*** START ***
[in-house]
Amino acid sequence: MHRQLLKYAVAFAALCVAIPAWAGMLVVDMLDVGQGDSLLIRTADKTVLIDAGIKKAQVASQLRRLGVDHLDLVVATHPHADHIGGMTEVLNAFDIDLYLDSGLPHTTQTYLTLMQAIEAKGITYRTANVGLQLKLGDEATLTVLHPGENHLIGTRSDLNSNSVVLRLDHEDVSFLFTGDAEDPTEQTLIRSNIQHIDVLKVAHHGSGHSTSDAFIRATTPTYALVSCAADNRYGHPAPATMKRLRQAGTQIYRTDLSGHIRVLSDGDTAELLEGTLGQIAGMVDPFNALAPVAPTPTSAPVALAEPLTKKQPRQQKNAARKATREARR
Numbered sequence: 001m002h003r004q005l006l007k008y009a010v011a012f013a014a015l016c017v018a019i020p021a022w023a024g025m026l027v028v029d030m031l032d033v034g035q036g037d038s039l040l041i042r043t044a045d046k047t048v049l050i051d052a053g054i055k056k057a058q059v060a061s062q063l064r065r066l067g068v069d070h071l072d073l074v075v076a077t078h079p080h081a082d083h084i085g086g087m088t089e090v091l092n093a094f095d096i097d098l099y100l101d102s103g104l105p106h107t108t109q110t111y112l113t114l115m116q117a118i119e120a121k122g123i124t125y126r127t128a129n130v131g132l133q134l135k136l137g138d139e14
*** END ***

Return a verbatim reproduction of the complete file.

[in-house]
Amino acid sequence: MHRQLLKYAVAFAALCVAIPAWAGMLVVDMLDVGQGDSLLIRTADKTVLIDAGIKKAQVASQLRRLGVDHLDLVVATHPHADHIGGMTEVLNAFDIDLYLDSGLPHTTQTYLTLMQAIEAKGITYRTANVGLQLKLGDEATLTVLHPGENHLIGTRSDLNSNSVVLRLDHEDVSFLFTGDAEDPTEQTLIRSNIQHIDVLKVAHHGSGHSTSDAFIRATTPTYALVSCAADNRYGHPAPATMKRLRQAGTQIYRTDLSGHIRVLSDGDTAELLEGTLGQIAGMVDPFNALAPVAPTPTSAPVALAEPLTKKQPRQQKNAARKATREARR
Numbered sequence: 001m002h003r004q005l006l007k008y009a010v011a012f013a014a015l016c017v018a019i020p021a022w023a024g025m026l027v028v029d030m031l032d033v034g035q036g037d038s039l040l041i042r043t044a045d046k047t048v049l050i051d052a053g054i055k056k057a058q059v060a061s062q063l064r065r066l067g068v069d070h071l072d073l074v075v076a077t078h079p080h081a082d083h084i085g086g087m088t089e090v091l092n093a094f095d096i097d098l099y100l101d102s103g104l105p106h107t108t109q110t111y112l113t114l115m116q117a118i119e120a121k122g123i124t125y126r127t128a129n130v131g132l133q134l135k136l137g138d139e14